Sony's Vaio laptops have long been considered the high-end benchmark for Windows laptops, at least in terms of their media-playing excellence, hardware design, and higher-than-average prices. While Vaios have slowly become more affordable over the years, the reputation for stylish, overly expensive products lingers, especially when it comes to ultraportables such as the undeniably impressive but crazily priced Vaio Z.
The Vaio S, a redesigned line of 13-inch laptops, has emerged as an inheritor of much of the style of the Vaio Z, but at more reasonable prices. By "reasonable," we mean starting at $899, which certainly falls in a range competitive with Apple.
A lot has changed since the chunkier Vaio S laptop we last reviewed. The new 3.5-pound Vaio S is thinner and lighter, certainly more so than the average 4-pound-plus mainstream laptop. It's not as thin and light as a MacBook Air or Samsung Series 9, but it's one of the thinnest laptops that still includes a standard-voltage CPU and an optical drive. Its closest alternative in terms of size and features is the Toshiba Portege R835.
There's a lot packed into the Vaio S's narrow magnesium alloy frame: second-generation Core i-series processors, AMD graphics, optional 1,600x900-pixel higher-res screen, a Blu-ray drive, and a removable slice battery that effectively doubles battery life. Add all of these in, and the Vaio S definitely has a luxury feel. However, prices rise quickly: our configuration checked in at $1,299, and depending on what else you add, you could easily get near $2,000.
If you're in the market for a 13-inch Windows laptop that can keep pace with Apple's designs, the Vaio S comes as close as any Windows laptop. Its angular, nearly throwback design might not appeal to some, but the Vaio S gets a nod of respect for being a more sensible variation on the Z's excesses, without charging a huge premium--at least, if you keep your upgrades to a minimum.
|Price as reviewed/starting price||$1,299/$899|
|Processor||2.3 GHz Intel Core i5-2410M|
|Memory||4GB, 1,333 MHz DDR3|
|Hard drive||500GB 5,400rpm|
|Graphics||AMD Radeon HD 6630M / Intel HD 3000|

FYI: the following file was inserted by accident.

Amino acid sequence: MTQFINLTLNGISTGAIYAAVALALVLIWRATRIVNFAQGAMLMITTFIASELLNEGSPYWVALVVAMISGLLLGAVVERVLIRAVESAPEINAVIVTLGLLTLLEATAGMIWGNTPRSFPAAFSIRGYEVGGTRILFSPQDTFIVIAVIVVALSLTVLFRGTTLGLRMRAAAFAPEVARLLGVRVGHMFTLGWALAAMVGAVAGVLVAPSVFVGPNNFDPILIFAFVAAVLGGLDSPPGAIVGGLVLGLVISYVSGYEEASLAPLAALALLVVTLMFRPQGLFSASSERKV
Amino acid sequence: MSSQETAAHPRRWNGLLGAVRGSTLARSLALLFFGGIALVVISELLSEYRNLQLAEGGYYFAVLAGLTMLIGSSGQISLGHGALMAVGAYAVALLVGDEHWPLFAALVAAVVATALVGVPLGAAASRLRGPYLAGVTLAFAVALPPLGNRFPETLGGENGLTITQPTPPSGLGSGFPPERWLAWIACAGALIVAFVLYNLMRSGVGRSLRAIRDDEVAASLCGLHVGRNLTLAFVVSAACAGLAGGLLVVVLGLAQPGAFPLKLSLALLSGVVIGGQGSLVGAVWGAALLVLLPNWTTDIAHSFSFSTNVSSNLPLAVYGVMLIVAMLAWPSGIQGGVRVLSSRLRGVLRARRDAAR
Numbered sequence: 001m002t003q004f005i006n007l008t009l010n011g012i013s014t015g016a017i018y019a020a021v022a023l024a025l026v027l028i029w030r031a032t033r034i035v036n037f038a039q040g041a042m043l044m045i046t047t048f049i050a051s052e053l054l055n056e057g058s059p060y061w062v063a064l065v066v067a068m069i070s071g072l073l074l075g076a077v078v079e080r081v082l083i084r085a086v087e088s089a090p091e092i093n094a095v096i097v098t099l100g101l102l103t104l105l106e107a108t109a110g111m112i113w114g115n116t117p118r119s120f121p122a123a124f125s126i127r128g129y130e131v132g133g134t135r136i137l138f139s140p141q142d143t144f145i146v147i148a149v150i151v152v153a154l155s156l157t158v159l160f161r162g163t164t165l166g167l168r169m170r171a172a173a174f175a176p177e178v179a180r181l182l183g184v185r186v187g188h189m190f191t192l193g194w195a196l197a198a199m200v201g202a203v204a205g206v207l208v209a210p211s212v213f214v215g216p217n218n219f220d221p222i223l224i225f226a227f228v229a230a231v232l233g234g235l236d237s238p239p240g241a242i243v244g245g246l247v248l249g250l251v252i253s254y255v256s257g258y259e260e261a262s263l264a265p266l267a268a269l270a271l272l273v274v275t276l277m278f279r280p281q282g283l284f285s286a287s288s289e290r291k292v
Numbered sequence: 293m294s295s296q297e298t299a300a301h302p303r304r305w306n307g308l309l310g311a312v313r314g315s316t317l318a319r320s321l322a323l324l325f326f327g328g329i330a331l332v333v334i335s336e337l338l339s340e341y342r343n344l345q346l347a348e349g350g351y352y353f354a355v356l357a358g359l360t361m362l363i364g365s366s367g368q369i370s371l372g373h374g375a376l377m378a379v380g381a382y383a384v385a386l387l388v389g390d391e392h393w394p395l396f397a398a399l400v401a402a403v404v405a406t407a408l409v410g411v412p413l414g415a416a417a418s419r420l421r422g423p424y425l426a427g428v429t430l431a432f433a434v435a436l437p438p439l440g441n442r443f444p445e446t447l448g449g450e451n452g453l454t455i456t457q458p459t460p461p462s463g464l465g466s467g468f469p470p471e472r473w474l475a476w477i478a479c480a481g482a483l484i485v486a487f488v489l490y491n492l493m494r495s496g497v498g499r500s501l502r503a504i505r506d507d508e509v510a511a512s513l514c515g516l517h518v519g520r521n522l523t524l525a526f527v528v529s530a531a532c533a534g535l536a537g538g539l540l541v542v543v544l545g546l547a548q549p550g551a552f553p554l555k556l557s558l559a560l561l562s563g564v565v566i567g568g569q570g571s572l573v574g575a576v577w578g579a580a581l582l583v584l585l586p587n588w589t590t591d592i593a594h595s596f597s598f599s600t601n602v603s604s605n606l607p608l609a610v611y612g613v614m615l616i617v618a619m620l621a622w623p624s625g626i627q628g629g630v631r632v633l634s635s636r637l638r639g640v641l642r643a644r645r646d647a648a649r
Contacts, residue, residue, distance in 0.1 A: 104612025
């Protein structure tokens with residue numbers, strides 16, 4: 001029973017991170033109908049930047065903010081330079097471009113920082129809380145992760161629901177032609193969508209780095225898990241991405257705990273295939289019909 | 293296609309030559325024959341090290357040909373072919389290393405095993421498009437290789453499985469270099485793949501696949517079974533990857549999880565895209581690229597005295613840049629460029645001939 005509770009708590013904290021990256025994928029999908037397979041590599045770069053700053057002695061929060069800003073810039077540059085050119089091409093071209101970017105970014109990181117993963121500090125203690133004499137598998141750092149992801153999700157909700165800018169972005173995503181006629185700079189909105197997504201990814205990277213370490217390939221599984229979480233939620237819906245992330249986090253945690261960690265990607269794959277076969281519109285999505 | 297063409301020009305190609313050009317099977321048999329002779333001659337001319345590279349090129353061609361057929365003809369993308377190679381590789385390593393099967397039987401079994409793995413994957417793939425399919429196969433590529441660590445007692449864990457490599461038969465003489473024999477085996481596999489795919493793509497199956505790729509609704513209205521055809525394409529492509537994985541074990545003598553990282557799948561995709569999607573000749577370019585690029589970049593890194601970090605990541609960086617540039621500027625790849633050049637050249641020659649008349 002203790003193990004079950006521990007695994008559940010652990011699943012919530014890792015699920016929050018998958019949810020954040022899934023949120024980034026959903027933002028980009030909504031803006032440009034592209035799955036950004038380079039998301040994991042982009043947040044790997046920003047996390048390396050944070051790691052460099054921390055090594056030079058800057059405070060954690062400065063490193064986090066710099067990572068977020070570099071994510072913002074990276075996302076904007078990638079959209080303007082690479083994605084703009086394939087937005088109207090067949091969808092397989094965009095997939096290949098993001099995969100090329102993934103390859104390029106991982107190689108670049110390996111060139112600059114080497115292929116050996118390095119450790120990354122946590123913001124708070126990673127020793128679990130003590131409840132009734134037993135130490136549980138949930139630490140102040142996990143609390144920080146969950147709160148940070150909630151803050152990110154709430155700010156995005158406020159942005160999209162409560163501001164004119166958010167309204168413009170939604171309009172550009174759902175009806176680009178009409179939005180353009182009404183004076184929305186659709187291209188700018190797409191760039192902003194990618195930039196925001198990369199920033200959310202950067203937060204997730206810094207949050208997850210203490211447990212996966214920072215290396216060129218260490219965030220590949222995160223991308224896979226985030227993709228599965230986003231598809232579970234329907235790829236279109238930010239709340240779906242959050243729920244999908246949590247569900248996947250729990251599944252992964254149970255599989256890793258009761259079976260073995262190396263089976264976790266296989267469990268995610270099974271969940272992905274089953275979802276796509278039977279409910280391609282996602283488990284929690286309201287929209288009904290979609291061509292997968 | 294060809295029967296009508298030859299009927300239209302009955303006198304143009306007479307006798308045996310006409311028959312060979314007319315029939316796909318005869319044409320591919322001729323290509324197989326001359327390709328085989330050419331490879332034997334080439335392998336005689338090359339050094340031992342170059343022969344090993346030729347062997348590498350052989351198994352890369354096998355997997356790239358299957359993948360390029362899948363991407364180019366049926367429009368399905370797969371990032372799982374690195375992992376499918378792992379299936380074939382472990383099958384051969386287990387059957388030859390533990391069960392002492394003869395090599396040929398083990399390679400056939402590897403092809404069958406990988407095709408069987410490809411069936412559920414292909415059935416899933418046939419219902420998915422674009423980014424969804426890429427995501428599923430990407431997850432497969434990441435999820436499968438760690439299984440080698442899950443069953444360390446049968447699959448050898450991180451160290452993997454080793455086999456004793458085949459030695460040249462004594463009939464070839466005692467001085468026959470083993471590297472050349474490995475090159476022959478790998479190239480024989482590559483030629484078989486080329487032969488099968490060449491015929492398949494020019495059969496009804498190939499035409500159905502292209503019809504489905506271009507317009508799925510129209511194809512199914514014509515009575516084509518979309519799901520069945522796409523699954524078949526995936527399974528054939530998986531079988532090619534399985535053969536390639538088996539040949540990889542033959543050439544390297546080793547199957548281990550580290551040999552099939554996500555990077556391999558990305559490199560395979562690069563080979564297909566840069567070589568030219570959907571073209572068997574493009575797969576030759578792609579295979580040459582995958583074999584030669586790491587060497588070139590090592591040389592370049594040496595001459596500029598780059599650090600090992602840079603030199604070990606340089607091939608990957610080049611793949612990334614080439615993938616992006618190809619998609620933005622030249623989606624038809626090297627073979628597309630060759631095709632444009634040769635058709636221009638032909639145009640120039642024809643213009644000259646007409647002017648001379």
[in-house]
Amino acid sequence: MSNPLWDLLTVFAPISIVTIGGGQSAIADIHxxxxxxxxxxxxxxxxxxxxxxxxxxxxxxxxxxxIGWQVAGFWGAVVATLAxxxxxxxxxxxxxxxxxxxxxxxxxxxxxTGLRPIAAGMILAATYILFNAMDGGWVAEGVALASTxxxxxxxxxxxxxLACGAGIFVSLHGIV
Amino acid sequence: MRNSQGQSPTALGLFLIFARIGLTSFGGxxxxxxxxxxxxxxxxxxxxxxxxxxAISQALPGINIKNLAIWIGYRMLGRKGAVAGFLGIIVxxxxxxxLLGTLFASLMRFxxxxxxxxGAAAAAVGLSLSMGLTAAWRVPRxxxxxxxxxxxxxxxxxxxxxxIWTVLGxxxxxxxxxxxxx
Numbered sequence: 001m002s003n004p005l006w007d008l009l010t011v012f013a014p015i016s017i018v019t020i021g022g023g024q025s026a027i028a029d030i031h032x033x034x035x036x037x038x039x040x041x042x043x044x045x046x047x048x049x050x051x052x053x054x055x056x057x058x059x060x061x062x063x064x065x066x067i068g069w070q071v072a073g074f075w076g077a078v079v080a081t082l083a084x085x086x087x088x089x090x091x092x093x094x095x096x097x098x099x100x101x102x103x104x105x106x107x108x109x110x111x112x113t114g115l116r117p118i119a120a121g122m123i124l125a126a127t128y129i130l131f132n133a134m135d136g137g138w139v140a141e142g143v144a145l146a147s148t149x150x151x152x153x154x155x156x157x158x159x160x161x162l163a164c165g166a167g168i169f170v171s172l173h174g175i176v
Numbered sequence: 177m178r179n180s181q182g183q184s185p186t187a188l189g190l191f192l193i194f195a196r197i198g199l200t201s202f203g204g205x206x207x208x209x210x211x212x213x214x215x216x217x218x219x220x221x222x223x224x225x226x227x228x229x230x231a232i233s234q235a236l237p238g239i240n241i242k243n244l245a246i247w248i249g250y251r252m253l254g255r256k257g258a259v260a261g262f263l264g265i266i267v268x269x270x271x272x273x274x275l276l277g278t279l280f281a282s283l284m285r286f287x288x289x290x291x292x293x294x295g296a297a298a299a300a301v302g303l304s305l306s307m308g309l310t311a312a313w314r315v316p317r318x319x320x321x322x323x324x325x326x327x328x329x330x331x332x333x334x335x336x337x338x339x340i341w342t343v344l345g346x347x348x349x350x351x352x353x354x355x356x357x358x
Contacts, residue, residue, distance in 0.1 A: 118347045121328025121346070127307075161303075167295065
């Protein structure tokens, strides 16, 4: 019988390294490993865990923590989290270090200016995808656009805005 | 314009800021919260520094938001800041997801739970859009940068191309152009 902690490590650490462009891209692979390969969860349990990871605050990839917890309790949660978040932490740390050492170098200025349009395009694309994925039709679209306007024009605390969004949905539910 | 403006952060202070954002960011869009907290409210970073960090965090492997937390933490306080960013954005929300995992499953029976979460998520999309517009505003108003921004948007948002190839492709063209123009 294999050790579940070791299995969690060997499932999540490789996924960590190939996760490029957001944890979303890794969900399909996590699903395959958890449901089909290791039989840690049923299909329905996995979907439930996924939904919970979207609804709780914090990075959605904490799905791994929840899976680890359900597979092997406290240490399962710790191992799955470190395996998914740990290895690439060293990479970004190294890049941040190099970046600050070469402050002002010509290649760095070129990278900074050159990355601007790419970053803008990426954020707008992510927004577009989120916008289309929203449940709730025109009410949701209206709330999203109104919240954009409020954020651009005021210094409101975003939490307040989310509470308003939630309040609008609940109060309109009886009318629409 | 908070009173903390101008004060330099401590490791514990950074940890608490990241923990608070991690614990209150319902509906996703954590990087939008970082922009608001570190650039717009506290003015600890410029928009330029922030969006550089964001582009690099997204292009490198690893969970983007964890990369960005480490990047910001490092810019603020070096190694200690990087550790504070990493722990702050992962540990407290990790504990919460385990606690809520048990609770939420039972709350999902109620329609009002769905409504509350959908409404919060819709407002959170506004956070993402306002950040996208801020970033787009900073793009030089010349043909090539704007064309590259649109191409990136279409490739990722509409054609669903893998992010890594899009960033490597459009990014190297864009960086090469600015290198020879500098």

|Operating System||Windows 7 Professional (64-bit) w/ SP1|
|Dimensions (WD)||13.0 inches x 8.8 inches|
|Height||0.9 inch (1.4 inches w/slice battery)|
|Screen size (diagonal)||13.3 inches|
|System weight/weight with AC adapter||3.6 / 4.5 pounds (4.7/5.6 pounds w/slice battery)|
At first glance, the Vaio S owes a lot to the design aesthetic of the Vaio Z. Some people sitting in coffee shops might even assume this is a Z. Angled edges and a slim profile look nearly identical to the Vaio Z we reviewed last year. The all-metal aluminum case over a magnesium alloy frame is sturdy, but it's so lightweight that it can fool you into feeling slightly flimsy.
The Vaio S actually has two model variations; Sony decided to bifurcate the Vaio S line a little with the confusingly named SA and SB, positioned at slightly lower and higher-end price spectrums. The Vaio SB comes in four colors--black, white, pink, and blue--and starts with more scaled-back specs (Core i3/i5), whereas the Vaio SA comes in Jet Black or Platinum Silver and has higher-end CPU options (Core i5/i7) and better AMD Radeon graphics. Both the SA and SB share many of the same configuration features, with some differences between the two. If you're shopping on Sony's Web site, it's best to do the comparing and contrasting yourself, and then make a decision. For most, the decision will probably come down to color over anything else. Our Vaio S is the Platinum Silver Vaio SA, in a set configuration for $1,299.
The similarities to the Vaio Z continue on the inside of the Vaio S; the raised keyboard and a dedicated row of launch buttons feel extremely similar. The hinge, however, is different. On the Vaio S, a chromed center-connected hinge floats near the middle of the laptop's back end, adding a more retro-angled feel to the design. The upper lid is extremely thin, bordering on too thin; we experienced the same type of flexy feel when opening and closing that we did with previous Vaio Zs. The hinge action, too, felt unusual--sometimes too loose, sometimes stiffer at other angles. The hinge worked fine, but gave a sense of being a little erratic. The Vaio SA's lid opens up to a wider-than-average angle, past the standard 45 degrees, offering some better visibility when lap-typing or working at a low desk.
A large palm rest area frames an otherwise normal-size touch pad. Its smooth surface responded better than the average to multitouch gestures and motions; tucked beneath is a pair of discrete buttons that run right to the front edge. Between them is a small fingerprint sensor, which can be programmed to store passwords for extra security.